Copies of this report are also being sent to the IRS managers affected by the report results.  Please contact me at (202) 622-6510 if you have questions or Michael R. Phillips, Assistant Inspector General for Audit (Wage and Investment Income Programs), at (202) 927-0597.

 

Table of Contents

Background

The Samples Used in the Test Should Generally Provide Reliable Results

Data Collected During the Test Should Provide the Information Needed to Evaluate the Test Results

Appendix I – Detailed Objective, Scope, and Methodology

Appendix II – Major Contributors to This Report

Appendix III – Report Distribution List

Appendix IV – Prior Treasury Inspector General for Tax Administration and General Accounting Office Reviews of the Earned Income Tax Credit Proof of Concept Test

Appendix V – Income Verification Program Earned Income Tax Credit Inventory Categories

Appendix VI – Management’s Response to the Draft Report

 

Background

The Earned Income Tax Credit (EITC) is a refundable credit available to taxpayers that file returns with certain earned income.  While the EITC has provided significant benefits to taxpayers, it has also resulted in a significant loss of revenue to the Federal Government.  An Internal Revenue Service (IRS) compliance study of Tax Year (TY) 1999 returns estimated between $8.5 and $9.9 billion (27 to 32 percent) of the $31 billion in EITC claimed for TY 1999 should not have been paid.

On February 28, 2002, the Department of the Treasury and the IRS announced that a Task Force would examine the administration and complexity of the EITC.  The Treasury Assistant Secretary for Tax Policy and the IRS Commissioner headed the Task Force.  The Task Force used the TY 1999 compliance study as the basis for its recommendations.  The IRS used these recommendations to develop a future vision for administering the EITC.  This vision is outlined in the IRS’ EITC Concept of Operations (CONOPS).

The first step the IRS is taking to implement its future vision is to test the basic concepts outlined in the CONOPs.  This test is referred to as a Proof of Concept Test (the Test) and is intended to provide the IRS with information necessary to determine if these basic concepts are feasible for improving compliance with the EITC without harming participation in the EITC Program.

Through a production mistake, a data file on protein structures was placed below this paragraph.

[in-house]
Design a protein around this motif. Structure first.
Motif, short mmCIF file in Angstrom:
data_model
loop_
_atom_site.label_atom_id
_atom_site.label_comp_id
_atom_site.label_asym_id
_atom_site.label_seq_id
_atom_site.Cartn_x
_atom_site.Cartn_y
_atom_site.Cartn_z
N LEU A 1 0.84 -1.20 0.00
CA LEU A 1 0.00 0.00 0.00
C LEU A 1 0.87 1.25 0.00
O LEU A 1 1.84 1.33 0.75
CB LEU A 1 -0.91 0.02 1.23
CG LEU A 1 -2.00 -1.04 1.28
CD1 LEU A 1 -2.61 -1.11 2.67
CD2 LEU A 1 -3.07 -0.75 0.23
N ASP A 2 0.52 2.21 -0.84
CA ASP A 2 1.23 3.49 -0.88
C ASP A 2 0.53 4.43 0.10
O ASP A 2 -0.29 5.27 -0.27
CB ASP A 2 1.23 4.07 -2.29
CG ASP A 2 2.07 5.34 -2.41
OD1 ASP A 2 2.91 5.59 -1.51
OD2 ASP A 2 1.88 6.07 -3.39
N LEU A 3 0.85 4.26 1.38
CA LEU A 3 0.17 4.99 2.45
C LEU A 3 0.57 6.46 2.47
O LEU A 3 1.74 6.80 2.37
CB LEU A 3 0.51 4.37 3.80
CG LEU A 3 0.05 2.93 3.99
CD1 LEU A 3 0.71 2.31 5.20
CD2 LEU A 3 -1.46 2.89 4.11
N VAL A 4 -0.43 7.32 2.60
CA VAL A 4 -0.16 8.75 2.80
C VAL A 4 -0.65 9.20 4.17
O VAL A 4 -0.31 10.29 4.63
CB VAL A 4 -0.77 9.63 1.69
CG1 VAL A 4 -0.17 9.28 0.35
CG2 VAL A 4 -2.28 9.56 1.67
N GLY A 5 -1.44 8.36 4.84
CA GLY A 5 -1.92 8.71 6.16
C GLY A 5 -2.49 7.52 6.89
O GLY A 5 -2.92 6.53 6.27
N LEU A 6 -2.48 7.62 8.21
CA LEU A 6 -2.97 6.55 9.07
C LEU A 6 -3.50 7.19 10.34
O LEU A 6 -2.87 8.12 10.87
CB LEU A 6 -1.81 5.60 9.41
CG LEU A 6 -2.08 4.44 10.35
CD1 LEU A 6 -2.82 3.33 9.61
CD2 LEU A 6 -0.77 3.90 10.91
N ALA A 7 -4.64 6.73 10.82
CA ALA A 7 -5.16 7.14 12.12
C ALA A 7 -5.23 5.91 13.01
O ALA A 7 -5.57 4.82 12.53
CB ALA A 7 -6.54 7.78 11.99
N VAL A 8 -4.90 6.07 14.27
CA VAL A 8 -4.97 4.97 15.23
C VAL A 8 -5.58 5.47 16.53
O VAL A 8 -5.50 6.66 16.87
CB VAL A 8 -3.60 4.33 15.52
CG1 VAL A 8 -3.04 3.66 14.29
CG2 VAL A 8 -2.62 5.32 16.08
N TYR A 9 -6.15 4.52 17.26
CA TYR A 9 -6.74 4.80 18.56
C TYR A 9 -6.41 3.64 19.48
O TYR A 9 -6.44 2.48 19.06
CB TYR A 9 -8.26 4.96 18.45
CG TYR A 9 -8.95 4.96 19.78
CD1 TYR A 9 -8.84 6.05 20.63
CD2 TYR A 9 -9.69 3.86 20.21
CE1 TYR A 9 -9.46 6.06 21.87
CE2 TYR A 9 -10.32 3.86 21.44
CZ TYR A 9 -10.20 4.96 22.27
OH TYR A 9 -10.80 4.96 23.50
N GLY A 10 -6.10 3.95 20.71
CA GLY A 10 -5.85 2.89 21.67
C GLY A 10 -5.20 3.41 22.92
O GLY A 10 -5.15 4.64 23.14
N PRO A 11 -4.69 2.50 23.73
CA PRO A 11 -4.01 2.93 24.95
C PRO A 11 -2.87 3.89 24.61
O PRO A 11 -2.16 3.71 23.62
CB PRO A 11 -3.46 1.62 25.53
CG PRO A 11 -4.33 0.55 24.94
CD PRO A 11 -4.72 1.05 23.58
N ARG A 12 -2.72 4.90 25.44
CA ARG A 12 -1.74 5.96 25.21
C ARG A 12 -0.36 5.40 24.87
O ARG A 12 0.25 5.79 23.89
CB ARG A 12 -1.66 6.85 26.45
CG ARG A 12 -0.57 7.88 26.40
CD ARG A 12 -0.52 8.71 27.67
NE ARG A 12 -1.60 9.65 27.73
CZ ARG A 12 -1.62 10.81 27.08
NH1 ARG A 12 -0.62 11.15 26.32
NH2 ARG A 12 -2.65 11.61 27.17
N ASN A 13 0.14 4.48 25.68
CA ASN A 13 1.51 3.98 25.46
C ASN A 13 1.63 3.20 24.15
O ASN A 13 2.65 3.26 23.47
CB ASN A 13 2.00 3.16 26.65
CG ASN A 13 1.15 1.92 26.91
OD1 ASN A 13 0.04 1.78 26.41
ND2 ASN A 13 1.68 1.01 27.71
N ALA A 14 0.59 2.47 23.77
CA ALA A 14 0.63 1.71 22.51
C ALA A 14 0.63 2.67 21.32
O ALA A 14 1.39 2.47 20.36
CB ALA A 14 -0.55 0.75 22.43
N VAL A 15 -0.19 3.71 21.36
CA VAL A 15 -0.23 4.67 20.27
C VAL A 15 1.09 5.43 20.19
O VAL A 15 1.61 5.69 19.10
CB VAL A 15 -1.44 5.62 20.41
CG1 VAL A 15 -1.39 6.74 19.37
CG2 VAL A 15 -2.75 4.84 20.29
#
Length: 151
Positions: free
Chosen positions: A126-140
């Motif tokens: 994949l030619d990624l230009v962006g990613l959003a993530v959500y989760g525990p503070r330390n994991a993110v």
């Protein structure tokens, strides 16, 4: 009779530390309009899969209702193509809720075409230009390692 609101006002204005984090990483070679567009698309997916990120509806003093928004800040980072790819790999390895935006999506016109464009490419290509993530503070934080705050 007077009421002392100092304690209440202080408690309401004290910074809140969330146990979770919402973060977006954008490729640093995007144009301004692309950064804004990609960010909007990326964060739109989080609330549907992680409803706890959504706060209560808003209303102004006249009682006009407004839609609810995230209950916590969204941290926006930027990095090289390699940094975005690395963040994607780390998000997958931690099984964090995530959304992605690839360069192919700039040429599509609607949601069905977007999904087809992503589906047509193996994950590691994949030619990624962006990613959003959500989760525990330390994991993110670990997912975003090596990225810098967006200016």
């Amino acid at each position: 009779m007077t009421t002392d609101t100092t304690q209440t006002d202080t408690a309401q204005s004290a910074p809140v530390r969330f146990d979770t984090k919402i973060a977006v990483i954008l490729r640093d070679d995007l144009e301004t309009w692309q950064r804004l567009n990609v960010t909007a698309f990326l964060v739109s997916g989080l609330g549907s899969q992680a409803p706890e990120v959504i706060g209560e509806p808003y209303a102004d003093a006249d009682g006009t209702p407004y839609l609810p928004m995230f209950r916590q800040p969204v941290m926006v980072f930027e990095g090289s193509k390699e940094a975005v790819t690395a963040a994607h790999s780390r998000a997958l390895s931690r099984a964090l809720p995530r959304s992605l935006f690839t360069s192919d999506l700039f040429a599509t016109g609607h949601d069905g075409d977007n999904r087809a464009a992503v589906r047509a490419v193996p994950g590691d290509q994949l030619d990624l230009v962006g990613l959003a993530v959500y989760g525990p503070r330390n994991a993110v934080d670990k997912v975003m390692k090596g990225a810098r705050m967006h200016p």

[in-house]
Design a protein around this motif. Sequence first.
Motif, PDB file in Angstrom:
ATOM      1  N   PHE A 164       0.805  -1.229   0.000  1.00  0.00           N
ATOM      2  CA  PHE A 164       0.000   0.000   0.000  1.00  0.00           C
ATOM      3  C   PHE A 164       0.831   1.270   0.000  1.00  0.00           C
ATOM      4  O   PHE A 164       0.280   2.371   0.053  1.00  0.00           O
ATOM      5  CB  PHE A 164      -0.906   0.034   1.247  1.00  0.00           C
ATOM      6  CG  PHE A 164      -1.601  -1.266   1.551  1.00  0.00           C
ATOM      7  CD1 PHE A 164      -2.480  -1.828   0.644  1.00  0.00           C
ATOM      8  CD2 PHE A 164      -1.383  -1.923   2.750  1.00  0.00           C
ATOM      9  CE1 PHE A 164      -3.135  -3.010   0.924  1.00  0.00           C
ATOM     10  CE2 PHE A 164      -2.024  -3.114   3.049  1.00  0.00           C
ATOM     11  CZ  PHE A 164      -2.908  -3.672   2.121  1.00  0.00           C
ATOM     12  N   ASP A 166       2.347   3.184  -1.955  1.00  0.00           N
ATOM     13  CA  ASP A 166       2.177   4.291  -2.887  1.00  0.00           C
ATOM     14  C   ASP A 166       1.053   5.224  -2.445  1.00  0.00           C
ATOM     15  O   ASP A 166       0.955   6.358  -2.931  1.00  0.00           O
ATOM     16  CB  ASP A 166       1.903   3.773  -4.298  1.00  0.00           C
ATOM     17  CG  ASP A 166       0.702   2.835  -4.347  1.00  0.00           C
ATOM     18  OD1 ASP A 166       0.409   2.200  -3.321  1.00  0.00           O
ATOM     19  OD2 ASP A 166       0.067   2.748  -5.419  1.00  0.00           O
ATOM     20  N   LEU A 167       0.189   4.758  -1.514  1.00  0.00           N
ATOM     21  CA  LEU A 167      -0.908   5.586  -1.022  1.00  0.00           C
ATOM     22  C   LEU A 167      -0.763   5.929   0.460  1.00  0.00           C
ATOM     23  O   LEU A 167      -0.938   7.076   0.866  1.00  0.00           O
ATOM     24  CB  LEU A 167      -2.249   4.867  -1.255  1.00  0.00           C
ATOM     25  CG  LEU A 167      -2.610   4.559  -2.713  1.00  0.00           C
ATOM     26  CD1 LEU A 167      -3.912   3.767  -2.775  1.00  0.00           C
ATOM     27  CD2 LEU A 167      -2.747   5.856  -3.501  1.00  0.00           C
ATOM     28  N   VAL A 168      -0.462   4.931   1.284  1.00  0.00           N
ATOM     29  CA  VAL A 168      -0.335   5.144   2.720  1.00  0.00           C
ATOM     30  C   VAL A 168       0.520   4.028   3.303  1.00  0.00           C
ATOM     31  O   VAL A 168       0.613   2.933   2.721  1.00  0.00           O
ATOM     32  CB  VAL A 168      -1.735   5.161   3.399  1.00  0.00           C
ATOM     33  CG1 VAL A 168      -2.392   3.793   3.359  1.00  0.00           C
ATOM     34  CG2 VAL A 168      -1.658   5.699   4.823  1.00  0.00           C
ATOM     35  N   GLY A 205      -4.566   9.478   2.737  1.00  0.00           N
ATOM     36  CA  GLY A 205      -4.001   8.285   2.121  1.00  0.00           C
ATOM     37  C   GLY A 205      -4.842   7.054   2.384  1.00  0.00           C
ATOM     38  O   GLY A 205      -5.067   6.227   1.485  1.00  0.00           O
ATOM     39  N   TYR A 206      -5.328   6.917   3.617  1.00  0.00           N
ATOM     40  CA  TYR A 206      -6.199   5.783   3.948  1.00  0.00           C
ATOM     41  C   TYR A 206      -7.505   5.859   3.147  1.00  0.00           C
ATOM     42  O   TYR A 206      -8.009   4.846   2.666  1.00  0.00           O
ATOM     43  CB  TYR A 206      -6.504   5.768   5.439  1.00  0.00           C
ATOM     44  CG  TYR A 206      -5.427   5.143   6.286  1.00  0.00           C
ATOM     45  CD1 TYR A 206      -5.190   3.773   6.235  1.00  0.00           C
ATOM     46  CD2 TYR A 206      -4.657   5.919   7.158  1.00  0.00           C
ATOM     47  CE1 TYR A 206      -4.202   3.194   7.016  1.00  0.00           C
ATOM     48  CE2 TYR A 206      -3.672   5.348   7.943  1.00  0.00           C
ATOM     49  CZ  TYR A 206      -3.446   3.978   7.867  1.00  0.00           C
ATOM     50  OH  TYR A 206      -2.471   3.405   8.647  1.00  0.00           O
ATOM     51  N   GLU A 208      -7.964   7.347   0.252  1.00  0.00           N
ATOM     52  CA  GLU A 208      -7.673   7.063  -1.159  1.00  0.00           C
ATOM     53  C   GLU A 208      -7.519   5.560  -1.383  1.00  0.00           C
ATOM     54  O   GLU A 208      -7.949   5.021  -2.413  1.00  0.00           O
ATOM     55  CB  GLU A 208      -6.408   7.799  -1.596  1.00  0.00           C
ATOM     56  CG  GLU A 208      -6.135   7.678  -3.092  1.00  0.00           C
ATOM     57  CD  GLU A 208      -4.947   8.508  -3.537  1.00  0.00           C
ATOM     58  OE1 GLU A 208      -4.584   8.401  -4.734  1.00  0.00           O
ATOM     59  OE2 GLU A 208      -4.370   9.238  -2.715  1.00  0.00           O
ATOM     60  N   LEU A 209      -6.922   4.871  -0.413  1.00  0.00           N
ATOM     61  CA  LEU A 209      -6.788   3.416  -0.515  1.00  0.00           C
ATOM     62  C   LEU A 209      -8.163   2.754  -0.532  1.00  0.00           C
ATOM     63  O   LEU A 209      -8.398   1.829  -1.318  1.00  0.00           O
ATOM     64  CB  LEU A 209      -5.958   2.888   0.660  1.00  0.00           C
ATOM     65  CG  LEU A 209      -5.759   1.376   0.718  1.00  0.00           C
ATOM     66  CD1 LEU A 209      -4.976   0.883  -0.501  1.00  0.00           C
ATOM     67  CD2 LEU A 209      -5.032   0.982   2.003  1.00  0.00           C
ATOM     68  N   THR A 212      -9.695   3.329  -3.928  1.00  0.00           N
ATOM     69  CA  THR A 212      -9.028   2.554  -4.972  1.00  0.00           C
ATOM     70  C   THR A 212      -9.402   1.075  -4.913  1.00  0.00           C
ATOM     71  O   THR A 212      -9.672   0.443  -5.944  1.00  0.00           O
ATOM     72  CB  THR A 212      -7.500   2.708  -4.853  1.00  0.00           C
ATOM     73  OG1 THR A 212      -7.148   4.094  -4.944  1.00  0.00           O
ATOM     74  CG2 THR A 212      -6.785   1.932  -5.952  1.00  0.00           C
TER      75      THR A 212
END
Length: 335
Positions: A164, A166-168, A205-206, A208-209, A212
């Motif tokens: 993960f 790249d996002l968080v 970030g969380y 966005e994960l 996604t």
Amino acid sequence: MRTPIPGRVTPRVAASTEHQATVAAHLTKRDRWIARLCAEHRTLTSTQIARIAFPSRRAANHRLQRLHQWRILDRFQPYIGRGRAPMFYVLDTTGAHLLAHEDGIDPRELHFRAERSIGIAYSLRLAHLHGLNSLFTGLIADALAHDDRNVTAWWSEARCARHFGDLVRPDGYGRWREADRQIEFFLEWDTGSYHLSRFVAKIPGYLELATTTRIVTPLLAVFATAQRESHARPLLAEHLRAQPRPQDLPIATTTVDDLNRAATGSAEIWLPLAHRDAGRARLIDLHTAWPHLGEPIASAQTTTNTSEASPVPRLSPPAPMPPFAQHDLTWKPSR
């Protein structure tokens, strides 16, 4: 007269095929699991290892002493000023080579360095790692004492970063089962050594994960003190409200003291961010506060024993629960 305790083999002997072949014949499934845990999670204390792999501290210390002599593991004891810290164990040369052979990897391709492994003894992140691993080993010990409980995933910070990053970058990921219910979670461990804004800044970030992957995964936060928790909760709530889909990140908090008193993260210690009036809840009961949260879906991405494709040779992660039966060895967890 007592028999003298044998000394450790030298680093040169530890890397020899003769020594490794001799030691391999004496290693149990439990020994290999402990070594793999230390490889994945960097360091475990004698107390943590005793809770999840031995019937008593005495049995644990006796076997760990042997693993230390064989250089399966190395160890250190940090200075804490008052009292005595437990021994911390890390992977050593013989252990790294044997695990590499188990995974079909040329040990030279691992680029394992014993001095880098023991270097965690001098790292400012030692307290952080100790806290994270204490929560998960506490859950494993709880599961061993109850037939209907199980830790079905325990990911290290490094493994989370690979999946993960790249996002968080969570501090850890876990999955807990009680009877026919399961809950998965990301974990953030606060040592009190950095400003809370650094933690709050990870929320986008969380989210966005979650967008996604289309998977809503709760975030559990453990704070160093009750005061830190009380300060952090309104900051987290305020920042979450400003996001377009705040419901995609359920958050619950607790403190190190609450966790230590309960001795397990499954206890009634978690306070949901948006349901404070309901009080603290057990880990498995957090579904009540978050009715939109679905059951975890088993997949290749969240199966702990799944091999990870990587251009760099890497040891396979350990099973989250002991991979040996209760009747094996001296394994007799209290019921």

The Test consists of three portions designed to test concepts for improving EITC compliance:

·        Certification of Qualifying Child Residency Requirements (Certification) – The IRS will ask a sample of EITC claimants to verify, when they file their TY 2003 returns, that the qualifying child claimed for EITC purposes resided with them in the United States for more than one-half of the tax year, as required by law.  These taxpayers are being treated differently from other taxpayers that claim the EITC, and the IRS is trying to capture the impact this treatment has on improving compliance with the EITC.

·        Verification of Filing Status (Filing Status) – The IRS will review the TY 2003 returns for a sample of EITC claimants filing as “Head of Household” or “Single” to verify whether the filing status they claimed is accurate.  The IRS hopes to find a better way to identify filing status errors by evaluating the usefulness of adding additional information to the Schedule Earned Income Credit.  The IRS will also assess the value of comparing the information to other available sources in the verification process.

·        Verification of Income (Income) – The IRS will review the TY 2002 returns for taxpayers that claimed the EITC but failed in the past to report all their income.  These taxpayers may not be eligible because their income, when corrected, is too high to qualify for the credit.  The IRS is testing whether cases selected for its income verification program based on the potential change in the EITC are as productive as its regular inventory.